One of the most important things an organizational leader can do is to separate the work from the thinking about the work and to make sure that both sides are equally prioritized.
You want to do your work, in the moment, with focus, grace, energy, and acuity. That’s the ballgame.
And as you’re working — usually through some kind of problem or another — you could (and should) be thinking about a number of things:
- What caused the problem? Is this a single mistake or something that’s emerging, predictably, from the way certain systems are set up?
- Do the people involved in this problem have the skills that they need to solve it? If so, can they help to train others? If not, when and how can they be trained?
- Is the solution to the problem able to be captured, shared, and scaled? Who would want to know about it? Are you inventing a wheel that does not, then, need to be reinvented elsewhere?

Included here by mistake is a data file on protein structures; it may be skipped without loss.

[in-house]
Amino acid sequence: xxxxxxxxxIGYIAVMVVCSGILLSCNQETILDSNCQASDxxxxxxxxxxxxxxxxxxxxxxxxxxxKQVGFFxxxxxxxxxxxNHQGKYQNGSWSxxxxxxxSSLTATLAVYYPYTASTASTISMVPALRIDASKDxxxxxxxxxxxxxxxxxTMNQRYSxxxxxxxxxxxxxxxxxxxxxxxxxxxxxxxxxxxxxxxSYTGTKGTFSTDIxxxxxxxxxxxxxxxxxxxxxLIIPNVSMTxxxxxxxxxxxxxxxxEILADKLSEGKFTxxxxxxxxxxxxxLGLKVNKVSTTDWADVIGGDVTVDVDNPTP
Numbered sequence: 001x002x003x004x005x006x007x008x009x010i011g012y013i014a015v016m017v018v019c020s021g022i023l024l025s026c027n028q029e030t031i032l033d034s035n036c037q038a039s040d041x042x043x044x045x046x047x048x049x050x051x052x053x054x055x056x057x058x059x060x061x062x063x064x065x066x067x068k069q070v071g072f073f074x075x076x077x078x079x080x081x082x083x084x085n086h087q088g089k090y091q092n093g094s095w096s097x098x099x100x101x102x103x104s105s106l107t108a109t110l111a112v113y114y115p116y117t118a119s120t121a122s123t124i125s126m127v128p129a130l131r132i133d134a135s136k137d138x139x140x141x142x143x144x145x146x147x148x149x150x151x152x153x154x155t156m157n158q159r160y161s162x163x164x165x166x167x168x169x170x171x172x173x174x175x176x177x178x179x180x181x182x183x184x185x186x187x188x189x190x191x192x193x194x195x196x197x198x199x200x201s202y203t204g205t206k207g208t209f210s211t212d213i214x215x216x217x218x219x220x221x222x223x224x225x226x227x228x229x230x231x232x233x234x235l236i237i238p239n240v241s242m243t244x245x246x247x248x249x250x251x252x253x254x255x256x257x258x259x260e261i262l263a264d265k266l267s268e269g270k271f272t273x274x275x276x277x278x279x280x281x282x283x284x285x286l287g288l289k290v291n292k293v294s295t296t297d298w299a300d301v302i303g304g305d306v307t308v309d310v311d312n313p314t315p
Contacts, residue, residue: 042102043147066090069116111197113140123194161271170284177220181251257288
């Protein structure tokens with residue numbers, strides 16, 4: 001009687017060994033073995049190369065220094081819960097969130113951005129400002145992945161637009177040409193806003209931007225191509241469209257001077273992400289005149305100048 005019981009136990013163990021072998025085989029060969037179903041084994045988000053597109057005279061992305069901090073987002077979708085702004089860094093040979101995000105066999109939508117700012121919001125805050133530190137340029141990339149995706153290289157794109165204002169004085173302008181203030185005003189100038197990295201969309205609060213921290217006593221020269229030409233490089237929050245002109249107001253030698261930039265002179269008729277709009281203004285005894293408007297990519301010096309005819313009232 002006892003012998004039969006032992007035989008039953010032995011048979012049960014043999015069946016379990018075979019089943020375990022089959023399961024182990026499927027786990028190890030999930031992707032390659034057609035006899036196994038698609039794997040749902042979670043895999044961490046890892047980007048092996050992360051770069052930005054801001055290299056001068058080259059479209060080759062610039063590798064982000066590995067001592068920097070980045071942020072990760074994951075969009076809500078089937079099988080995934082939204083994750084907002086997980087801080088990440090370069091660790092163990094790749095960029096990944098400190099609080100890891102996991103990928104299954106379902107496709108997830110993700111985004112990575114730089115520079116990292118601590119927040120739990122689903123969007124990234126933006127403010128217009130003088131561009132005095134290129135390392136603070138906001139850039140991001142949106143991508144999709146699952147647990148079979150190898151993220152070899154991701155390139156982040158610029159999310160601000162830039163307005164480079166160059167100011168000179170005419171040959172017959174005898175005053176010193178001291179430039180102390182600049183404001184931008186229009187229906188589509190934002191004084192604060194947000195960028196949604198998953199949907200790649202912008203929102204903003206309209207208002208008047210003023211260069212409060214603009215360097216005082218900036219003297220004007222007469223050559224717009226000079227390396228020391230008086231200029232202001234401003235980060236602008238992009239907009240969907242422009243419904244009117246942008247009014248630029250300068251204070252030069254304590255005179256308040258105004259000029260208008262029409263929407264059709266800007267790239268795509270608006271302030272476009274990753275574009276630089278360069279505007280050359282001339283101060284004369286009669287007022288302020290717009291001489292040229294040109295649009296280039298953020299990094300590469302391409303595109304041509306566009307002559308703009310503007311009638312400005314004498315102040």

- Is there opportunity built into the solving of this problem? Can you involve someone else to give them a growth opportunity (or to create one for yoursefl)? Can you strengthen a tie in your network? Will the solving be a story worth sharing either within your organization or within your industry?
Honestly, when emerging leaders ask me how to do their jobs better, my shorthand answer is: do the work and the metawork carefully.